列子 Liezi (pronounced Lea-zi):
–《列子 – 黃帝》
Lie Yu Kou (Liezi) was on his way to the state of Qi, but in the middle of his journey he turned back and ran into Bo Hun Mao Ren (Master Confused Nonentity).
Bo Hun Mao Ren asked him:
“What made you change directions and come back?”
“I was startled by something.”
“What startled you?”
“I stopped to eat some food in ten different inns and in five of them I was served before anyone else.”
Bo Hun Mao Ren said:
“What was so startling about that?”
“Even when your inside honesty and sincerity isn’t displayed to others, sometimes the actions you take with your body reveals your inner light. At that point people you come into contact with can open their minds to being influenced by you, and without a second thought set you up as a paragon. That’s what worried me. When the innkeepers gave me special treatment and served me their finest soup, I thought it might get even worse by the time I got to Qi. If those who had so little were willing to give me so much and without a second thought treated me as though I was powerful, then how much more would a king with ten thousand chariots try to heap on me! His body worn out from defending the state and his knowledge at the brink of exhaustion by dealing with all the state’s affairs, he’d appoint me to be in charge of something and demand my services expecting a successful outcome. The realization of that is what startled me.”
Bo Hun Mao Ren said:
“Very good insights! However, being as you are, people will still try to serve you.”
When Bo Hun Mao Ren went to pay Liezi a visit on a later date he found that there were sandals (of guests) lined up outside his door. Bo Hun Mao Ren turned away and stood there tapping his walking stick. His brow was creased pensively and the corners of his mouth drooped in consternation. He stood there idly without saying a word then left.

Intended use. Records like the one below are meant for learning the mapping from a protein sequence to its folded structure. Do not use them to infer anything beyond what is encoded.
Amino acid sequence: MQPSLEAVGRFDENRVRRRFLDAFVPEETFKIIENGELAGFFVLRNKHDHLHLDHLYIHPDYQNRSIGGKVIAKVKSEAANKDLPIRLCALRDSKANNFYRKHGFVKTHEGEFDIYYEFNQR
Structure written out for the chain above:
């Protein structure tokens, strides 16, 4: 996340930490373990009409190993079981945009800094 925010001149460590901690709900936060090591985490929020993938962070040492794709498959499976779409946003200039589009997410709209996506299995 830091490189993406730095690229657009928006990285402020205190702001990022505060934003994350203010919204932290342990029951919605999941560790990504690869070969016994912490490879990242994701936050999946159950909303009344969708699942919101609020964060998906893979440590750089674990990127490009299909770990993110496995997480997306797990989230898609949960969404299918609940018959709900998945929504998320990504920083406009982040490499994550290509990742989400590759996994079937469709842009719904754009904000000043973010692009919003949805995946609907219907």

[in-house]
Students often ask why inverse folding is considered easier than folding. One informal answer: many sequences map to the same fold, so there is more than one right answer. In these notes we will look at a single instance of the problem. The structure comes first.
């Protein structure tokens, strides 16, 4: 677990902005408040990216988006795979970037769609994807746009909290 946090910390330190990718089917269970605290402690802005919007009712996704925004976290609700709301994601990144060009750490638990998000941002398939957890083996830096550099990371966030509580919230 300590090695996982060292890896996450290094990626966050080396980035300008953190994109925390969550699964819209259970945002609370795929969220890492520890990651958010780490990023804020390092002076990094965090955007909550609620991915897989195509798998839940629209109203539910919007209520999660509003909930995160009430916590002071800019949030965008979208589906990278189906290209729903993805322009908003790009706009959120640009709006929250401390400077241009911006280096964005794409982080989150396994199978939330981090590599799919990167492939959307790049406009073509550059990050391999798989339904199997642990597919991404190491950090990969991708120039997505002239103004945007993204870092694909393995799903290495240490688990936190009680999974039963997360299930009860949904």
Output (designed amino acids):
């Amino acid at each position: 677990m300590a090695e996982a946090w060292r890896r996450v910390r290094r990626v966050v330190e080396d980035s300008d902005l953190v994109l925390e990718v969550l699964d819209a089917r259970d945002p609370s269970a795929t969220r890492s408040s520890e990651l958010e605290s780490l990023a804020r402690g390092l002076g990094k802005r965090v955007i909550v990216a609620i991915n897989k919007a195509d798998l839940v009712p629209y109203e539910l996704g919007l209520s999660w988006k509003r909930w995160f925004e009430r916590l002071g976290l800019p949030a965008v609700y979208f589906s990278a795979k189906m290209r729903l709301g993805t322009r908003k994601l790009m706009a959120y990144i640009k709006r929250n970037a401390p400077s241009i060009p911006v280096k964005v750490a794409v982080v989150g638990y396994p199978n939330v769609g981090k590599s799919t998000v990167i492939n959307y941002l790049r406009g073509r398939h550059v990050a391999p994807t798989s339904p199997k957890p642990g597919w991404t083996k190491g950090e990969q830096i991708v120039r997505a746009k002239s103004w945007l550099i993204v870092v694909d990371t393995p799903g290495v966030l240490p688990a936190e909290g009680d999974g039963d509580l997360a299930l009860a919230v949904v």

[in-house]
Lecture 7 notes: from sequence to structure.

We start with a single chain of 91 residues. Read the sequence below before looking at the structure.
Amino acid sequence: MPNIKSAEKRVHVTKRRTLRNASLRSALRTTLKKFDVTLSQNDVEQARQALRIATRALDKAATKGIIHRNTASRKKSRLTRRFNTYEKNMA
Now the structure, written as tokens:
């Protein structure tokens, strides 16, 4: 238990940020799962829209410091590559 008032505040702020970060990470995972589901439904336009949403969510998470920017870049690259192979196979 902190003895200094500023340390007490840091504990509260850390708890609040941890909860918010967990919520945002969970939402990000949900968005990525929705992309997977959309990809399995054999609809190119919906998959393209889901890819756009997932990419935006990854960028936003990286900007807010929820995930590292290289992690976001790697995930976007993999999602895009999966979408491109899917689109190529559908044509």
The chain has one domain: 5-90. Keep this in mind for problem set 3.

The person in charge of greeting guests went in and told Liezi about the visitor. He grabbed up his sandals and went running barefoot to the outer gate where he caught up with him and said:
“Master, you’ve just arrived and now you’re going to leave without offering me a remedy for my ills?”
Bo Hun Mao Ren:
“I already told you that people would try to serve you, and that’s exactly what’s happened.
It’s not that you go out of your way to make people serve you, but that you’re not able to make people stop serving you. You’re probably finding something useful about their emotional enthusiasm toward you, as you keep encouraging them. If you must have this kind of emotional reaction around you then it’ll continue to agitate the core of your own nature. That goes without saying. And yet you keep on following this course. You know, no one will point this out to you, as they all just share petty words with you, and you lap it all up. None of them wants to learn to see anything nor wake up to anything, so what could they possibly share with each other! The clever ones keep working hard at being clever and the knowledgeable ones worry about how knowledgeable they are. Those without any talents whatsoever have no concept of looking for anything. They’re satisfied with having a good meal and go drifting from there. They float about as though they’re on an unmoored boat, dwell in a void and are drifters and wanderers.”
–from the Liezi, chapter “The Yellow Emperor”
[Above English translation is actually from Nina Correa’s translation of the Chuang Tzu, but the passage is identical to the one in the Liezi (the Outer Chapters of the Chuang Tzu and the Liezi share a few identical passages).]
Nina Correa’s translation is rather harsh, but still useable.
Less and less sandals now…